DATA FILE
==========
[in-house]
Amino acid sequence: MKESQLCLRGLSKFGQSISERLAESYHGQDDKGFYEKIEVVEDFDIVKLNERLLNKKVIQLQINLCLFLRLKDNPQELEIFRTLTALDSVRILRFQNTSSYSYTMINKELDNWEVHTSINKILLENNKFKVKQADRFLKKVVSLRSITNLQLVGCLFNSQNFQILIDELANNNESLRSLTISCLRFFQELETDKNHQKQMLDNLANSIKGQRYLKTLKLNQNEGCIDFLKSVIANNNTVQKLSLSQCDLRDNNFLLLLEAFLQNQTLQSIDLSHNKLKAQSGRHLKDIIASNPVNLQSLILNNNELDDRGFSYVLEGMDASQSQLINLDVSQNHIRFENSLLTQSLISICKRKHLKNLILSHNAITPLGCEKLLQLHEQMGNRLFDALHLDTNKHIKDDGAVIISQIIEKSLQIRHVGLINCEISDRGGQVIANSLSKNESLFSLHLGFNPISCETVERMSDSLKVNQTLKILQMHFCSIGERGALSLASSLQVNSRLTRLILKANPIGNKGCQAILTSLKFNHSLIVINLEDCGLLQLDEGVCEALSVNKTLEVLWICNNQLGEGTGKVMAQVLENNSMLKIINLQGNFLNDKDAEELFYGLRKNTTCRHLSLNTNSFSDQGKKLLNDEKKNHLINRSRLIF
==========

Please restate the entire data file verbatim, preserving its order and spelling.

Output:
[in-house]
Amino acid sequence: MKESQLCLRGLSKFGQSISERLAESYHGQDDKGFYEKIEVVEDFDIVKLNERLLNKKVIQLQINLCLFLRLKDNPQELEIFRTLTALDSVRILRFQNTSSYSYTMINKELDNWEVHTSINKILLENNKFKVKQADRFLKKVVSLRSITNLQLVGCLFNSQNFQILIDELANNNESLRSLTISCLRFFQELETDKNHQKQMLDNLANSIKGQRYLKTLKLNQNEGCIDFLKSVIANNNTVQKLSLSQCDLRDNNFLLLLEAFLQNQTLQSIDLSHNKLKAQSGRHLKDIIASNPVNLQSLILNNNELDDRGFSYVLEGMDASQSQLINLDVSQNHIRFENSLLTQSLISICKRKHLKNLILSHNAITPLGCEKLLQLHEQMGNRLFDALHLDTNKHIKDDGAVIISQIIEKSLQIRHVGLINCEISDRGGQVIANSLSKNESLFSLHLGFNPISCETVERMSDSLKVNQTLKILQMHFCSIGERGALSLASSLQVNSRLTRLILKANPIGNKGCQAILTSLKFNHSLIVINLEDCGLLQLDEGVCEALSVNKTLEVLWICNNQLGEGTGKVMAQVLENNSMLKIINLQGNFLNDKDAEELFYGLRKNTTCRHLSLNTNSFSDQGKKLLNDEKKNHLINRSRLIF